"You get the opportunity to move up," said Herock, who handled player personnel for the Oakland Raiders, Tampa Bay Buccaneers, Atlanta Falcons and Green Bay Packers before he retired in 2001.

"That's the big thing with all the draft picks. If you really like somebody and you know he can play and you know he fits your system, and he's a guy you want and he's 10 picks away, you can go get him instead of worrying 'Will he last until I pick?' "

"If Belichick wants a player, he's going to go get him, believe me, in this draft."

What helps give the Patriots a commanding outlook this weekend is their roster. They don't have significant needs two years removed from the Super Bowl and coming off an injury-plagued 11-win season.

A more attractive Vrabel replacement at outside linebacker is on the short list. The Patriots reportedly have been interested in trading for Carolina Panthers pass rusher Julius Peppers, and owner Robert Kraft hasn't hidden his adoration of free agent Jason Taylor.

New England, therefore, has the luxury of bolstering any position it chooses with the highest-rated player on the draft board. Needs won't dictate selections as they will for most clubs.

"They're not going to be pressured to do anything," said Edwards, the former Jets and Chiefs head coach. "Other people are going to call them. When they're picking in the second round, teams are going to say 'We've got to get our guy now because if we don't then we'll miss out. Let's trade with New Engla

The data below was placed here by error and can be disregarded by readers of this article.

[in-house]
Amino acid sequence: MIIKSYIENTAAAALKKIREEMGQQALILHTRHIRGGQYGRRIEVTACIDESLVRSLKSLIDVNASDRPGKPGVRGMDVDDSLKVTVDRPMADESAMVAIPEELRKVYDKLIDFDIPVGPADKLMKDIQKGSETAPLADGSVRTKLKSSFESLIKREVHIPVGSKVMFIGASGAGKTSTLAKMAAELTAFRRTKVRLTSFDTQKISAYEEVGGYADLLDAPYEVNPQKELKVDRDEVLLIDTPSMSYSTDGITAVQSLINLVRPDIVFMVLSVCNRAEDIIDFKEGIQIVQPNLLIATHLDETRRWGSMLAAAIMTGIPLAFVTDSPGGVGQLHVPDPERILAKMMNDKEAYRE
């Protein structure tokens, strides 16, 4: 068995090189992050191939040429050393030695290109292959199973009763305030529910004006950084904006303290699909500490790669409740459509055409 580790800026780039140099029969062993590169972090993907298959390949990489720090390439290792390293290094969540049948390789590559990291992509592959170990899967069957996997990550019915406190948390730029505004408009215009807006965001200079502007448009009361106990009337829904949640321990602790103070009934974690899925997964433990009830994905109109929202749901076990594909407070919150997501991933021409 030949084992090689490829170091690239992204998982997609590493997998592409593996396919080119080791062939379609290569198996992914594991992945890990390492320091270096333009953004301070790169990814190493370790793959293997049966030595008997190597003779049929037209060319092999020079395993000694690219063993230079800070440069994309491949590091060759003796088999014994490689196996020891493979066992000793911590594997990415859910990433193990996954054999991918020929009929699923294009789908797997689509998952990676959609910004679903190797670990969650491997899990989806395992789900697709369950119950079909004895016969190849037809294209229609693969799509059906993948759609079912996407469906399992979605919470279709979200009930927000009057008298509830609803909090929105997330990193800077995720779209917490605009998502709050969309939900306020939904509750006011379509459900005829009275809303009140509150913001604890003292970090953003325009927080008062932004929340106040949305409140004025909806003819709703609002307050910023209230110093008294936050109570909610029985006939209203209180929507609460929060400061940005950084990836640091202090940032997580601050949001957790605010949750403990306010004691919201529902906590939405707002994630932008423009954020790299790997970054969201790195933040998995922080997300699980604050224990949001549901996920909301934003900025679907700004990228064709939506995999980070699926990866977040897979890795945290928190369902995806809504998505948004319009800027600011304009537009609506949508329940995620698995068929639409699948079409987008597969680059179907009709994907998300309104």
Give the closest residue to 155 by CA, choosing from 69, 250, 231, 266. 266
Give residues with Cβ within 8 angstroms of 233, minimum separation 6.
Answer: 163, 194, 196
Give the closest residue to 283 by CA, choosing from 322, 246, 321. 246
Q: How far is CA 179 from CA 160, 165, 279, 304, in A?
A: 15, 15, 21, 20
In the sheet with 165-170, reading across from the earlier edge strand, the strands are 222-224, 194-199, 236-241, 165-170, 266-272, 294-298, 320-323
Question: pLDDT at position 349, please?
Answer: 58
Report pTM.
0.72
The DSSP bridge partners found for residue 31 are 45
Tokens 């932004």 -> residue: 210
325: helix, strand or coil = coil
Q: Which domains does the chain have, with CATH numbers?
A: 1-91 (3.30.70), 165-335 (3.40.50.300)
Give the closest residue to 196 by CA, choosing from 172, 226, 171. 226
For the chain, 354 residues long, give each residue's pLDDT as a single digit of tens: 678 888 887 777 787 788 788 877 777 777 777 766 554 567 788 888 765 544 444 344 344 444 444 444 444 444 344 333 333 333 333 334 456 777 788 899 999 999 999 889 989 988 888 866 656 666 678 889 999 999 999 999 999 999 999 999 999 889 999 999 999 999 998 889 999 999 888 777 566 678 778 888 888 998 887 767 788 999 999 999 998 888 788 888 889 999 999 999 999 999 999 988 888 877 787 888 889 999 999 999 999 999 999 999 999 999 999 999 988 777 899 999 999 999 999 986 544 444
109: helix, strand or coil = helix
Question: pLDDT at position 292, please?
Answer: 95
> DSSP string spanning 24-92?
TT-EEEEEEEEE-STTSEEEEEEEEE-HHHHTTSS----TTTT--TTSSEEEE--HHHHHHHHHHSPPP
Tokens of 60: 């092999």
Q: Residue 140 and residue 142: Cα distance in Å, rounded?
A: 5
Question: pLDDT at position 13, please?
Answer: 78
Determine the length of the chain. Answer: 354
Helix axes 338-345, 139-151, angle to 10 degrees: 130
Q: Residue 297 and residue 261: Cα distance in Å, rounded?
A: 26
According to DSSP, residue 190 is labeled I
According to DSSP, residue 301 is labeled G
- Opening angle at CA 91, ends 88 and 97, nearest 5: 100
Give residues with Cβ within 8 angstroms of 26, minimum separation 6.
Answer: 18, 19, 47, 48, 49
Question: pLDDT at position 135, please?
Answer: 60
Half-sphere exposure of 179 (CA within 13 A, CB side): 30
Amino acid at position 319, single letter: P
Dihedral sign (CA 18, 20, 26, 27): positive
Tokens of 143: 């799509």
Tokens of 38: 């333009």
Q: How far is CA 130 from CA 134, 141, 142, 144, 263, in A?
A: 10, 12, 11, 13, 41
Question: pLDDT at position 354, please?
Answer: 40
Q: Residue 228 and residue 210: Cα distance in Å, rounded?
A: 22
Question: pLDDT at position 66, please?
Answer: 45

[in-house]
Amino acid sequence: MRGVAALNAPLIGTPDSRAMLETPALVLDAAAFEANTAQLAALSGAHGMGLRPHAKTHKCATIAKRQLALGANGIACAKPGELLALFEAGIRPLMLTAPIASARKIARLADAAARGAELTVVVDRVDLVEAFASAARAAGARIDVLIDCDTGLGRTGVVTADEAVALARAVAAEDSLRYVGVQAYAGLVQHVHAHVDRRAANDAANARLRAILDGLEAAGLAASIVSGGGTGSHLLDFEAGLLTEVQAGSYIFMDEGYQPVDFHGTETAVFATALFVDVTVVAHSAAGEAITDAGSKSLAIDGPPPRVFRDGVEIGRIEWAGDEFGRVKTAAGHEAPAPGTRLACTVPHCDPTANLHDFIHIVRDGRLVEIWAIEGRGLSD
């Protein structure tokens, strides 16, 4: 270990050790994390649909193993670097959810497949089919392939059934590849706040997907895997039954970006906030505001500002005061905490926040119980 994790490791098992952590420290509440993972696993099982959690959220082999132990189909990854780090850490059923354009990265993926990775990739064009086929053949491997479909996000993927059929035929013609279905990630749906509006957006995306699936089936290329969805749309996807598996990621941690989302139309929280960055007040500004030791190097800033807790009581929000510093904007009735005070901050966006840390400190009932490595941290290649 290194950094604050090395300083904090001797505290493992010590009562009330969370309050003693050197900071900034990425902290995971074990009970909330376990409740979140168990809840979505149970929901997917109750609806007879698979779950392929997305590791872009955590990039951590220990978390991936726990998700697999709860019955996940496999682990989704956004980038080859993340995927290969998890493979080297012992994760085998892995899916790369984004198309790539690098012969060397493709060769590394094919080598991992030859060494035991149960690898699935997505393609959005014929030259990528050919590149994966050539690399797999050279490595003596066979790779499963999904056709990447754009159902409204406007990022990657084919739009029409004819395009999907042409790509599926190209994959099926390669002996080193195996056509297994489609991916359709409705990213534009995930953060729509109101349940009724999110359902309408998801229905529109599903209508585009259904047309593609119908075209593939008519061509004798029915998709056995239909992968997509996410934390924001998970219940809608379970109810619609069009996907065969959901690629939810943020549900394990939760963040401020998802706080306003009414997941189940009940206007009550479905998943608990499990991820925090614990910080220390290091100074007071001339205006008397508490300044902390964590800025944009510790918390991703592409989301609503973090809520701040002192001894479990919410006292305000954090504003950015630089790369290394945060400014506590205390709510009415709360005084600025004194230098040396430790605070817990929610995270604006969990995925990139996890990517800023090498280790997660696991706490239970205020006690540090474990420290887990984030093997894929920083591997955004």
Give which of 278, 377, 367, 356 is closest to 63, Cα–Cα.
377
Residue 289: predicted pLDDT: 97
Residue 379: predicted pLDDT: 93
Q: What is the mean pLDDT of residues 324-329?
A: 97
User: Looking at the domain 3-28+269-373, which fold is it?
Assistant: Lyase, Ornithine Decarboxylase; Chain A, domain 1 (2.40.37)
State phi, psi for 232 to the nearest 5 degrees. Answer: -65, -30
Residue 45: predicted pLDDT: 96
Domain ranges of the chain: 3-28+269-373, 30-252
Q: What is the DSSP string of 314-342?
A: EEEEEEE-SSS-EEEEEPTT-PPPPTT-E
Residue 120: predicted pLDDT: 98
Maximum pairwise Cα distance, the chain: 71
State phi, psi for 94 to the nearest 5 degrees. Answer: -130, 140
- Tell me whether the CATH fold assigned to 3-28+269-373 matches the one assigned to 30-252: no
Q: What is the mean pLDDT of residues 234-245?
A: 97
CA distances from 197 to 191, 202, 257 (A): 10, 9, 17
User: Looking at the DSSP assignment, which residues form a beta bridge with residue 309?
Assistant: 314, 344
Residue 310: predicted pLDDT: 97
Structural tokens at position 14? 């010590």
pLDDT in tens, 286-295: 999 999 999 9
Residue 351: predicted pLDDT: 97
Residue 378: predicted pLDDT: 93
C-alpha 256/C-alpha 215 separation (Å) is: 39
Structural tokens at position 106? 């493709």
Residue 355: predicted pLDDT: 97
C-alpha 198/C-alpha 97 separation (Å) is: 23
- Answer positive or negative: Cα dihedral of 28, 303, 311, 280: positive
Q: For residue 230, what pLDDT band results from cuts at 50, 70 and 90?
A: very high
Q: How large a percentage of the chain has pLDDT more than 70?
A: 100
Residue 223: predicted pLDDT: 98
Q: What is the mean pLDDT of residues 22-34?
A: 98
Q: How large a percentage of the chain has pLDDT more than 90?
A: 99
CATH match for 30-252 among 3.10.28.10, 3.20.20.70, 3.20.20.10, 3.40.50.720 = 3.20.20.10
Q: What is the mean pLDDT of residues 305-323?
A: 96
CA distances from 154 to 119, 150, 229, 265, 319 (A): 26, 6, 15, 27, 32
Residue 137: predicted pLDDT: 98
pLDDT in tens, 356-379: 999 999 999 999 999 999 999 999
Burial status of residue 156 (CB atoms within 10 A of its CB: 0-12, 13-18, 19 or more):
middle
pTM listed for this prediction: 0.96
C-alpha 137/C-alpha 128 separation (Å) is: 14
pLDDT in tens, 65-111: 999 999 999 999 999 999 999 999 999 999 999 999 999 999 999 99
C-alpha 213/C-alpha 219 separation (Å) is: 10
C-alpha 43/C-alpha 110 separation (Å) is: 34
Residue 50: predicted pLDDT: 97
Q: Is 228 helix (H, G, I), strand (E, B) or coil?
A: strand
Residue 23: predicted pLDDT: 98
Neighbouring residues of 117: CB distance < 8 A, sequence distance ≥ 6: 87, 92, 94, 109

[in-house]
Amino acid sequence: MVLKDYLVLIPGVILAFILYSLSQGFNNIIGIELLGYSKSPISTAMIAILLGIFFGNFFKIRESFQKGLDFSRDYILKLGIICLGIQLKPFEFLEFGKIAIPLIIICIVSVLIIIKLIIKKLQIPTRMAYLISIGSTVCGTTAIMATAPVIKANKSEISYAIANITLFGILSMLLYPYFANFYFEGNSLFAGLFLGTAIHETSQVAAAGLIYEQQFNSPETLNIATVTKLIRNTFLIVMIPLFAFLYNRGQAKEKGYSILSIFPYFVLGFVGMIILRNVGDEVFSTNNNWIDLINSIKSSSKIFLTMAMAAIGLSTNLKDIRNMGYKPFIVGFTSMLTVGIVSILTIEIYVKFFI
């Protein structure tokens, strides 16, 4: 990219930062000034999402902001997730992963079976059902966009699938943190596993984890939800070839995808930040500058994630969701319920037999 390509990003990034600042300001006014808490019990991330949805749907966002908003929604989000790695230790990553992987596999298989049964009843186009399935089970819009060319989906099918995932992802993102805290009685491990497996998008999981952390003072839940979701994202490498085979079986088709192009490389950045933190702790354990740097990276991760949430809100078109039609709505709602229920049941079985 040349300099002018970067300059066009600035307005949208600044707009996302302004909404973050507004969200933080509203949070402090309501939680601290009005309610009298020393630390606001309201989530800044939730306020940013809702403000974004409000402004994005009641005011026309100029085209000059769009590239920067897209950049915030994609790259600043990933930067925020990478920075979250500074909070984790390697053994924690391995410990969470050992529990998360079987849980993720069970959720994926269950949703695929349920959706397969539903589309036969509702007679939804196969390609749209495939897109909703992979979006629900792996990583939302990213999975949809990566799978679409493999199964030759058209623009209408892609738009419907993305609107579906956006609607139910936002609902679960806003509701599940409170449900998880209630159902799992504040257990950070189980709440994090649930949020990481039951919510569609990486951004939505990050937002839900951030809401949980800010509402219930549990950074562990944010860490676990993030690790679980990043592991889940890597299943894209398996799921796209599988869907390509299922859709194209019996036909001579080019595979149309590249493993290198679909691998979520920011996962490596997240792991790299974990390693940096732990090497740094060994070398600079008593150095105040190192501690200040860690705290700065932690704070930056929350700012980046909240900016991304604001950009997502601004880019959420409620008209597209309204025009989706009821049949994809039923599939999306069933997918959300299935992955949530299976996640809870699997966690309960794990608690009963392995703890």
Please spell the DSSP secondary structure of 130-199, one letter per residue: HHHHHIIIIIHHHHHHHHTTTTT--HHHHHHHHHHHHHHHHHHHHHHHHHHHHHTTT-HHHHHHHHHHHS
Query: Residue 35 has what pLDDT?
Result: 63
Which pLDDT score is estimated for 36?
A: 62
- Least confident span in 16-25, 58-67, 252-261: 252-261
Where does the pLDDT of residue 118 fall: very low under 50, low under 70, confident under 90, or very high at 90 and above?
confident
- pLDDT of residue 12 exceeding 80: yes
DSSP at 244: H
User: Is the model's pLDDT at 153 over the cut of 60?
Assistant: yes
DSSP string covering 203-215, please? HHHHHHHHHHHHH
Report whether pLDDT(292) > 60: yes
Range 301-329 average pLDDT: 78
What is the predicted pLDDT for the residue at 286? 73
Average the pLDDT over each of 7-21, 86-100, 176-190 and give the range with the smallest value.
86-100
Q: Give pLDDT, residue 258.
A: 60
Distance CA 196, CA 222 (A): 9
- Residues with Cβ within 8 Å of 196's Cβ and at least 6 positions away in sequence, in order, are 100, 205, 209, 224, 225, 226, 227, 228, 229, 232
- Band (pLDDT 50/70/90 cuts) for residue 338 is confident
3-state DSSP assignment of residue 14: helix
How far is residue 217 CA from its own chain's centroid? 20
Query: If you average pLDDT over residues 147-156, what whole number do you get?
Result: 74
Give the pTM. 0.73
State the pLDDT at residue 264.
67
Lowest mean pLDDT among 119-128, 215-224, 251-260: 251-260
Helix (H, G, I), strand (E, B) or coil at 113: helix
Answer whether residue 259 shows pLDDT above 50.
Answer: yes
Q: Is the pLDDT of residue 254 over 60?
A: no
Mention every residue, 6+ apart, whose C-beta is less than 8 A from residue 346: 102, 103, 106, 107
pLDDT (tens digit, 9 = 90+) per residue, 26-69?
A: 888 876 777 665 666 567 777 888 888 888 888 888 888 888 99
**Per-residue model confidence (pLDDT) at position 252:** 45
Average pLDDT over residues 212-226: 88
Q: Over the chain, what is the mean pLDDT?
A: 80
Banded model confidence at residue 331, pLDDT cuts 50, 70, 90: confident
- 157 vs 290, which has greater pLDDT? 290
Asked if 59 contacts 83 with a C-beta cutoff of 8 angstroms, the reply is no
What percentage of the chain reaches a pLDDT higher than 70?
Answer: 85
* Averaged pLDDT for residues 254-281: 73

nd.'"

New England has a proven evaluation system in place, but an important draft accomplice won't be there for the first time in Belichick's tenure. Former vice president of player personnel Scott Pioli left the Patriots to become Kansas City's general manager.

Herock and Edwards suggested Pioli's absence would be virtually undetectable.

"Bill has been a survivor prior to Pioli," Herock said. "When Scott Pioli came in, he was a novice. Where did he get his ultimate training from? From Bill Belichick. So Bill will train the next guy that comes in.

"Bill will see the players. Bill will study them. Bill will know all the players. He goes at it and knows what's going on. The handprint has always been Belichick's."

The Patriots replaced Pioli with Floyd Reese, who drafted three rookies of the year as Tennessee Titans general manager. Reese was named senior football advisor. They also promoted Nick Caserio to director of player personnel.

"Bill knows what he wants on offense and defense," said Edwards, who was fired by Pioli in Kansas City. "They'll be well-organized in their room. Their philosophy is their philosophy, and they'll go after the players they've identified that can play for them."

Edwards sounded convinced it wouldn't matter a smidgeon if Belichick had hired Waylon Smithers to be his new sidekick.

"They drink different water up there than everybody else," Edwards said. "Whatever they give those guys, they end up being pretty good."

Give the Patriots 11 opportunities to fortify their roster, and it's easy to be envious of their continued wealth.